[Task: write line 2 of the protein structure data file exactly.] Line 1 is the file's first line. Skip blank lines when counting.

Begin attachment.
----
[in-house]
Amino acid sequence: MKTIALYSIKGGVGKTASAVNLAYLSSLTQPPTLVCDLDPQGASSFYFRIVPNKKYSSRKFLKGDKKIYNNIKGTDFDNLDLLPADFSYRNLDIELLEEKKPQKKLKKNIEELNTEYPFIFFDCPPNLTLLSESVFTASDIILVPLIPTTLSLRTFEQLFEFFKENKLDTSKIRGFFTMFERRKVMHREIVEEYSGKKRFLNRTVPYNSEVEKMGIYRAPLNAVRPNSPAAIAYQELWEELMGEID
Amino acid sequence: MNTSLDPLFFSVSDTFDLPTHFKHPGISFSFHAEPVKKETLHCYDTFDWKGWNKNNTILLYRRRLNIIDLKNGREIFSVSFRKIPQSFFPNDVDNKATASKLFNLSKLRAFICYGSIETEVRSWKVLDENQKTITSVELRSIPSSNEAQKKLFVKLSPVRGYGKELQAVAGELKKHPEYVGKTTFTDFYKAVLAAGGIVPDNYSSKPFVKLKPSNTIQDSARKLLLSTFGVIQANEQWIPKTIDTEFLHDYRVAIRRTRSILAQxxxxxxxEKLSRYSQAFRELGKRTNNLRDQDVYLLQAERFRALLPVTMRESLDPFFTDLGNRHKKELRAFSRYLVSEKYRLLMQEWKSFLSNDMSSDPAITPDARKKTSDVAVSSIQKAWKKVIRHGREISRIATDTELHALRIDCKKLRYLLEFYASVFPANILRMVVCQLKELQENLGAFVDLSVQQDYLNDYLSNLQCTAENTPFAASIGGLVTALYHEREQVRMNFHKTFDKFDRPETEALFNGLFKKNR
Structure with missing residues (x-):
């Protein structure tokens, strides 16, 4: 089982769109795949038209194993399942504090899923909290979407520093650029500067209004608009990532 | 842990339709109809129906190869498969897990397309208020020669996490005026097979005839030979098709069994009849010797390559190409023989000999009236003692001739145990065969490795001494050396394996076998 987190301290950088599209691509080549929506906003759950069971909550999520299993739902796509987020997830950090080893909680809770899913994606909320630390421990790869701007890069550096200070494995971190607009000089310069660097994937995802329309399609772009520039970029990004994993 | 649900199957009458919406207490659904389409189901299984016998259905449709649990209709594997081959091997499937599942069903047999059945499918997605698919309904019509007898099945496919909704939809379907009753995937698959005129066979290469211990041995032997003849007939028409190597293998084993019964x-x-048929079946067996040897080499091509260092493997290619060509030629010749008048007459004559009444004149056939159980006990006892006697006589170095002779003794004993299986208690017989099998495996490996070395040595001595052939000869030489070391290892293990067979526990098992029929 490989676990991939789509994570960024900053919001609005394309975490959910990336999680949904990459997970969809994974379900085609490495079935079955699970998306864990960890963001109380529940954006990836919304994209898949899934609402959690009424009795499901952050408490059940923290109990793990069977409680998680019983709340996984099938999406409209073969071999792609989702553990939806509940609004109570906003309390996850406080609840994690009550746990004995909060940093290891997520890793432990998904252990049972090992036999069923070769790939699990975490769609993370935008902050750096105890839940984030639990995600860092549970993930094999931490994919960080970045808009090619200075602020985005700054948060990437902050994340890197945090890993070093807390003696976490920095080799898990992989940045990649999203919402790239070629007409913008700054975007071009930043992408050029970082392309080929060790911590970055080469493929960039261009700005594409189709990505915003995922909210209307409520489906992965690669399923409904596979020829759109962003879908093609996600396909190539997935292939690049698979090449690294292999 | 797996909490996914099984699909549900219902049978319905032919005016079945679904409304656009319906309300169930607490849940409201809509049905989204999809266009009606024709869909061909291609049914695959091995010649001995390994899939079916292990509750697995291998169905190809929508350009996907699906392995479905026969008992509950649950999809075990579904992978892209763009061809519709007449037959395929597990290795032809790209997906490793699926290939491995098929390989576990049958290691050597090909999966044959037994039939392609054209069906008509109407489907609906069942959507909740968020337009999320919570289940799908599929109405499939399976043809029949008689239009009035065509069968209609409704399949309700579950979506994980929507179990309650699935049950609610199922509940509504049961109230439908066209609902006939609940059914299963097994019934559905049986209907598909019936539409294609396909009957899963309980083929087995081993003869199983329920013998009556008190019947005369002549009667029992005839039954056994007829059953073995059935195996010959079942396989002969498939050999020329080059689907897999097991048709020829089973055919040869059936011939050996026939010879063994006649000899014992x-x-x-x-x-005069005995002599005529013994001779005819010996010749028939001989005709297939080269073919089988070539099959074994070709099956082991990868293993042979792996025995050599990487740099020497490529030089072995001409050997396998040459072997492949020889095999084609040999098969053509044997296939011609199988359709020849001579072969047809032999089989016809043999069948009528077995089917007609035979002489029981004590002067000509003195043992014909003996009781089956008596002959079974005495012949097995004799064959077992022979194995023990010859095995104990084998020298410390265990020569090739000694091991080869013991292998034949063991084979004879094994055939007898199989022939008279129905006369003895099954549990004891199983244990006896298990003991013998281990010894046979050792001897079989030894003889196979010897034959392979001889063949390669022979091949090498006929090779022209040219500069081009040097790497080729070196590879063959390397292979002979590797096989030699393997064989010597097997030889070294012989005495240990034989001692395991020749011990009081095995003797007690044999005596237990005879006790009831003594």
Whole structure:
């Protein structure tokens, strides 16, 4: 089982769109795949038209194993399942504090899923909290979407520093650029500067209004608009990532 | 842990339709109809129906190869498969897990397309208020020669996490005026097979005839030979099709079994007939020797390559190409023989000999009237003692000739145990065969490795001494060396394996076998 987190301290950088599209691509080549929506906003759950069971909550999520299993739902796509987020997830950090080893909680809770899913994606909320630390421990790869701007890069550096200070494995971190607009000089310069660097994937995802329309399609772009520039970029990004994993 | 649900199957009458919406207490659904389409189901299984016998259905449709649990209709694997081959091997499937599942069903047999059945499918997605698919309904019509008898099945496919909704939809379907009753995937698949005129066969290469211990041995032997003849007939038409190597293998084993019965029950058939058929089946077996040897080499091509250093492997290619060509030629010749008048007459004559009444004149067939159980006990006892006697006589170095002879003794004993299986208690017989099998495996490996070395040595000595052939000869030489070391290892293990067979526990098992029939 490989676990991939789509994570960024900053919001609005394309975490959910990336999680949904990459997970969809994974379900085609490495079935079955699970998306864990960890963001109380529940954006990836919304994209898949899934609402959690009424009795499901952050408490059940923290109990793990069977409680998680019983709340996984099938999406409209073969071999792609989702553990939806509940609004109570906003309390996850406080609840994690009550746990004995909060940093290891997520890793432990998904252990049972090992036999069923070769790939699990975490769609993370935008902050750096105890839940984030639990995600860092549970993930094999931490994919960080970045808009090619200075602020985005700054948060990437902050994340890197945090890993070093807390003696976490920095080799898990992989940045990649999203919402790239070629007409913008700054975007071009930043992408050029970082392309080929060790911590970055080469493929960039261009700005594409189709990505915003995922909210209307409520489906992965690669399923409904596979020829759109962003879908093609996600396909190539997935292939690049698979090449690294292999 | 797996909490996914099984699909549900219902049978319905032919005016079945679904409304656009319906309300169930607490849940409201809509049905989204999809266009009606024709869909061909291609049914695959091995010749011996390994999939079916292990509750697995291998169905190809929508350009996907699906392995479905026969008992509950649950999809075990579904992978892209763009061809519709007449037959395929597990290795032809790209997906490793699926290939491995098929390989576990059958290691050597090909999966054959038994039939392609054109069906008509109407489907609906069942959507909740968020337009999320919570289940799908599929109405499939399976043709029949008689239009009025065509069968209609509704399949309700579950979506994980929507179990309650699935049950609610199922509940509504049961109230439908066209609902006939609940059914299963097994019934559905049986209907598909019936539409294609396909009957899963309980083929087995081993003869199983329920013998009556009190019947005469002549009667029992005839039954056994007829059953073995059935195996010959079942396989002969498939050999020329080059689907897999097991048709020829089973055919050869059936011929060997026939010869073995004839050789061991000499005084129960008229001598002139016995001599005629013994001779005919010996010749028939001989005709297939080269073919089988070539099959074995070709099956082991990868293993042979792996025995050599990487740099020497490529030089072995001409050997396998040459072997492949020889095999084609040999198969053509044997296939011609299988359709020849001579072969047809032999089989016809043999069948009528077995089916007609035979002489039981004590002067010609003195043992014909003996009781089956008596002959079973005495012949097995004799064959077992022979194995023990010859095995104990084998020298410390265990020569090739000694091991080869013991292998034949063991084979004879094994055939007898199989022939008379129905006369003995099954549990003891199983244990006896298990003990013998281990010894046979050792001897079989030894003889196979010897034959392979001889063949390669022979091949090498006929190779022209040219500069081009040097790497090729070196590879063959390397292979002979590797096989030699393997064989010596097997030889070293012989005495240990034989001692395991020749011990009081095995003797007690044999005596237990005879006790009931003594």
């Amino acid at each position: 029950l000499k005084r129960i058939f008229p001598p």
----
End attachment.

Amino acid sequence: MKTIALYSIKGGVGKTASAVNLAYLSSLTQPPTLVCDLDPQGASSFYFRIVPNKKYSSRKFLKGDKKIYNNIKGTDFDNLDLLPADFSYRNLDIELLEEKKPQKKLKKNIEELNTEYPFIFFDCPPNLTLLSESVFTASDIILVPLIPTTLSLRTFEQLFEFFKENKLDTSKIRGFFTMFERRKVMHREIVEEYSGKKRFLNRTVPYNSEVEKMGIYRAPLNAVRPNSPAAIAYQELWEELMGEID